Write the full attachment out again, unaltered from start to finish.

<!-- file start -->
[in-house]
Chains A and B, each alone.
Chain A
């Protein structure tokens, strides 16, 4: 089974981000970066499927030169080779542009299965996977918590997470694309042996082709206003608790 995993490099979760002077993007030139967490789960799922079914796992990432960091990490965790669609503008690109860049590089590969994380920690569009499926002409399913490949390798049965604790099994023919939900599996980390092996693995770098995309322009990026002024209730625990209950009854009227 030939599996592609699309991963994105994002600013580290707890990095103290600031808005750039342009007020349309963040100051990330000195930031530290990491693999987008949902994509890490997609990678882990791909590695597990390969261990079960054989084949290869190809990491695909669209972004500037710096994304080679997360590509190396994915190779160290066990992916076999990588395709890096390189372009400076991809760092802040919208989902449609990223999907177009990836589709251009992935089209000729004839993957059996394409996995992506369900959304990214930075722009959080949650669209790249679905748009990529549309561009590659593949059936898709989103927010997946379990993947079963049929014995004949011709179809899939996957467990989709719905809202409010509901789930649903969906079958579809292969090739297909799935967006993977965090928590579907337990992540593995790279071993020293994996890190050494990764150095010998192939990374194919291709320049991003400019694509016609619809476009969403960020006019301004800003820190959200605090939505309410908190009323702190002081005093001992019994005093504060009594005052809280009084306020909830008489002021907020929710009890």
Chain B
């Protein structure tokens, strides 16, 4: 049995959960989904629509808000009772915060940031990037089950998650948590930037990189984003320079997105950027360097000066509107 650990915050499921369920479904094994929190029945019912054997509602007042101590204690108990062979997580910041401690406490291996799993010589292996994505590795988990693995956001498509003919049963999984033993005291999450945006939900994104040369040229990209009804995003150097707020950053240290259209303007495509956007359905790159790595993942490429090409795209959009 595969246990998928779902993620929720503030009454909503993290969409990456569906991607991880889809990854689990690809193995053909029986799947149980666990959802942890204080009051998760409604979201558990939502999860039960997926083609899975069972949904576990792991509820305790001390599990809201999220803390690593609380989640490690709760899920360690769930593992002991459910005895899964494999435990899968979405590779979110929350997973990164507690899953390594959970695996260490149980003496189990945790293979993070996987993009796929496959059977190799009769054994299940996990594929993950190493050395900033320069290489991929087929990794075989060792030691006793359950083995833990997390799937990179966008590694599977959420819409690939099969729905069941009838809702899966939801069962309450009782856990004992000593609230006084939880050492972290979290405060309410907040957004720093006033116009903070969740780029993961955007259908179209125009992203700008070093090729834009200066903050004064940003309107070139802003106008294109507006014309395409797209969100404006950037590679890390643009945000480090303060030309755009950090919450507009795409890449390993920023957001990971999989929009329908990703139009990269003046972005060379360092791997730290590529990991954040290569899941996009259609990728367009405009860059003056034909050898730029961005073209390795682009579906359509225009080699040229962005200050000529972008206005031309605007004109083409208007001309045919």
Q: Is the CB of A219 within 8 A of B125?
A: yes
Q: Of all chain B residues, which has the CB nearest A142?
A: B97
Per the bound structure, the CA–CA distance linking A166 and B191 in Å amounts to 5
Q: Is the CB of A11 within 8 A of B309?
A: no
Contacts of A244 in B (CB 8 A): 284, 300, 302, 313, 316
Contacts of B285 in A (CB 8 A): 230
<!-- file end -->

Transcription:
[in-house]
Chains A and B, each alone.
Chain A
């Protein structure tokens, strides 16, 4: 089974981000970066499927030169080779542009299965996977918590997470694309042996082709206003608790 995993490099979760002077993007030139967490789960799922079914796992990432960091990490965790669609503008690109860049590089590969994380920690569009499926002409399913490949390798049965604790099994023919939900599996980390092996693995770098995309322009990026002024209730625990209950009854009227 030939599996592609699309991963994105994002600013580290707890990095103290600031808005750039342009007020349309963040100051990330000195930031530290990491693999987008949902994509890490997609990678882990791909590695597990390969261990079960054989084949290869190809990491695909669209972004500037710096994304080679997360590509190396994915190779160290066990992916076999990588395709890096390189372009400076991809760092802040919208989902449609990223999907177009990836589709251009992935089209000729004839993957059996394409996995992506369900959304990214930075722009959080949650669209790249679905748009990529549309561009590659593949059936898709989103927010997946379990993947079963049929014995004949011709179809899939996957467990989709719905809202409010509901789930649903969906079958579809292969090739297909799935967006993977965090928590579907337990992540593995790279071993020293994996890190050494990764150095010998192939990374194919291709320049991003400019694509016609619809476009969403960020006019301004800003820190959200605090939505309410908190009323702190002081005093001992019994005093504060009594005052809280009084306020909830008489002021907020929710009890």
Chain B
């Protein structure tokens, strides 16, 4: 049995959960989904629509808000009772915060940031990037089950998650948590930037990189984003320079997105950027360097000066509107 650990915050499921369920479904094994929190029945019912054997509602007042101590204690108990062979997580910041401690406490291996799993010589292996994505590795988990693995956001498509003919049963999984033993005291999450945006939900994104040369040229990209009804995003150097707020950053240290259209303007495509956007359905790159790595993942490429090409795209959009 595969246990998928779902993620929720503030009454909503993290969409990456569906991607991880889809990854689990690809193995053909029986799947149980666990959802942890204080009051998760409604979201558990939502999860039960997926083609899975069972949904576990792991509820305790001390599990809201999220803390690593609380989640490690709760899920360690769930593992002991459910005895899964494999435990899968979405590779979110929350997973990164507690899953390594959970695996260490149980003496189990945790293979993070996987993009796929496959059977190799009769054994299940996990594929993950190493050395900033320069290489991929087929990794075989060792030691006793359950083995833990997390799937990179966008590694599977959420819409690939099969729905069941009838809702899966939801069962309450009782856990004992000593609230006084939880050492972290979290405060309410907040957004720093006033116009903070969740780029993961955007259908179209125009992203700008070093090729834009200066903050004064940003309107070139802003106008294109507006014309395409797209969100404006950037590679890390643009945000480090303060030309755009950090919450507009795409890449390993920023957001990971999989929009329908990703139009990269003046972005060379360092791997730290590529990991954040290569899941996009259609990728367009405009860059003056034909050898730029961005073209390795682009579906359509225009080699040229962005200050000529972008206005031309605007004109083409208007001309045919």
Q: Is the CB of A219 within 8 A of B125?
A: yes
Q: Of all chain B residues, which has the CB nearest A142?
A: B97
Per the bound structure, the CA–CA distance linking A166 and B191 in Å amounts to 5
Q: Is the CB of A11 within 8 A of B309?
A: no
Contacts of A244 in B (CB 8 A): 284, 300, 302, 313, 316
Contacts of B285 in A (CB 8 A): 230